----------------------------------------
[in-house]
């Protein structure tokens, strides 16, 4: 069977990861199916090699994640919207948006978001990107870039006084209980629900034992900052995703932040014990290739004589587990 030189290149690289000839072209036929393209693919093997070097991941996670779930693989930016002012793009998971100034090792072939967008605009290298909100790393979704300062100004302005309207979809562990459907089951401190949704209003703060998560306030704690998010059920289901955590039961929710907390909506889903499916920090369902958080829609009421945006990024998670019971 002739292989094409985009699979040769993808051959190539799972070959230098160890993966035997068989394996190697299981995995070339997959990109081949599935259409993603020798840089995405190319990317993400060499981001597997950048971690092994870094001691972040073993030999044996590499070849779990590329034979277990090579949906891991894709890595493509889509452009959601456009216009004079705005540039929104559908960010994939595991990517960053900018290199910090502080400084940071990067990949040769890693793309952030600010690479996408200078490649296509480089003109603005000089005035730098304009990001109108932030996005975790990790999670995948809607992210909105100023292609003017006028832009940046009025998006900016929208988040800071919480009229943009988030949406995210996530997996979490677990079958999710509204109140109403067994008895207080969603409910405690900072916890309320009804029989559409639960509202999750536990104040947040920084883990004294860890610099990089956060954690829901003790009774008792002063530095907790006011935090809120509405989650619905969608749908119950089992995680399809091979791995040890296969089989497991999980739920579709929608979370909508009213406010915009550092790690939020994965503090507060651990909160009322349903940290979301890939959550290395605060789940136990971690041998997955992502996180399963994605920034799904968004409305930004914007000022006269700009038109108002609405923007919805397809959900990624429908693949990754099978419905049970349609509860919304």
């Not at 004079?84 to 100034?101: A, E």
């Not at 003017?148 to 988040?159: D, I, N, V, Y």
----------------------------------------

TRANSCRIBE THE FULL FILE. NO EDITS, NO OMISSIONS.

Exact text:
[in-house]
């Protein structure tokens, strides 16, 4: 069977990861199916090699994640919207948006978001990107870039006084209980629900034992900052995703932040014990290739004589587990 030189290149690289000839072209036929393209693919093997070097991941996670779930693989930016002012793009998971100034090792072939967008605009290298909100790393979704300062100004302005309207979809562990459907089951401190949704209003703060998560306030704690998010059920289901955590039961929710907390909506889903499916920090369902958080829609009421945006990024998670019971 002739292989094409985009699979040769993808051959190539799972070959230098160890993966035997068989394996190697299981995995070339997959990109081949599935259409993603020798840089995405190319990317993400060499981001597997950048971690092994870094001691972040073993030999044996590499070849779990590329034979277990090579949906891991894709890595493509889509452009959601456009216009004079705005540039929104559908960010994939595991990517960053900018290199910090502080400084940071990067990949040769890693793309952030600010690479996408200078490649296509480089003109603005000089005035730098304009990001109108932030996005975790990790999670995948809607992210909105100023292609003017006028832009940046009025998006900016929208988040800071919480009229943009988030949406995210996530997996979490677990079958999710509204109140109403067994008895207080969603409910405690900072916890309320009804029989559409639960509202999750536990104040947040920084883990004294860890610099990089956060954690829901003790009774008792002063530095907790006011935090809120509405989650619905969608749908119950089992995680399809091979791995040890296969089989497991999980739920579709929608979370909508009213406010915009550092790690939020994965503090507060651990909160009322349903940290979301890939959550290395605060789940136990971690041998997955992502996180399963994605920034799904968004409305930004914007000022006269700009038109108002609405923007919805397809959900990624429908693949990754099978419905049970349609509860919304």
């Not at 004079?84 to 100034?101: A, E």
């Not at 003017?148 to 988040?159: D, I, N, V, Y």